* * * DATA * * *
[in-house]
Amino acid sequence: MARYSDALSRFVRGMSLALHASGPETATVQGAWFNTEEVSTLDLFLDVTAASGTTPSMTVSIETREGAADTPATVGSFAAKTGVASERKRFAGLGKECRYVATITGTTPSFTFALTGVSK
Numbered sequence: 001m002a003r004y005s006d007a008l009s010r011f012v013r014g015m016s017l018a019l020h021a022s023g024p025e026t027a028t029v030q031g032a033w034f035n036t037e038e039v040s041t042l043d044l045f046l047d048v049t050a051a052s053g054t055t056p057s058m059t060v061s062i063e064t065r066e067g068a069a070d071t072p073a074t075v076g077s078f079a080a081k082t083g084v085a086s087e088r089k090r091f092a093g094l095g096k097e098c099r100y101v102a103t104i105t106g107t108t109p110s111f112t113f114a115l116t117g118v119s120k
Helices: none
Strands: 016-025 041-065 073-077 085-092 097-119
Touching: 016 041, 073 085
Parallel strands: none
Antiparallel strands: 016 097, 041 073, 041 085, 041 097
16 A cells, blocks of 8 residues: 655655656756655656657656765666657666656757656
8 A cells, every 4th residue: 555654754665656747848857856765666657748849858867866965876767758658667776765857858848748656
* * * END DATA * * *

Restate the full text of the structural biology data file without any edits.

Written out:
[in-house]
Amino acid sequence: MARYSDALSRFVRGMSLALHASGPETATVQGAWFNTEEVSTLDLFLDVTAASGTTPSMTVSIETREGAADTPATVGSFAAKTGVASERKRFAGLGKECRYVATITGTTPSFTFALTGVSK
Numbered sequence: 001m002a003r004y005s006d007a008l009s010r011f012v013r014g015m016s017l018a019l020h021a022s023g024p025e026t027a028t029v030q031g032a033w034f035n036t037e038e039v040s041t042l043d044l045f046l047d048v049t050a051a052s053g054t055t056p057s058m059t060v061s062i063e064t065r066e067g068a069a070d071t072p073a074t075v076g077s078f079a080a081k082t083g084v085a086s087e088r089k090r091f092a093g094l095g096k097e098c099r100y101v102a103t104i105t106g107t108t109p110s111f112t113f114a115l116t117g118v119s120k
Helices: none
Strands: 016-025 041-065 073-077 085-092 097-119
Touching: 016 041, 073 085
Parallel strands: none
Antiparallel strands: 016 097, 041 073, 041 085, 041 097
16 A cells, blocks of 8 residues: 655655656756655656657656765666657666656757656
8 A cells, every 4th residue: 555654754665656747848857856765666657748849858867866965876767758658667776765857858848748656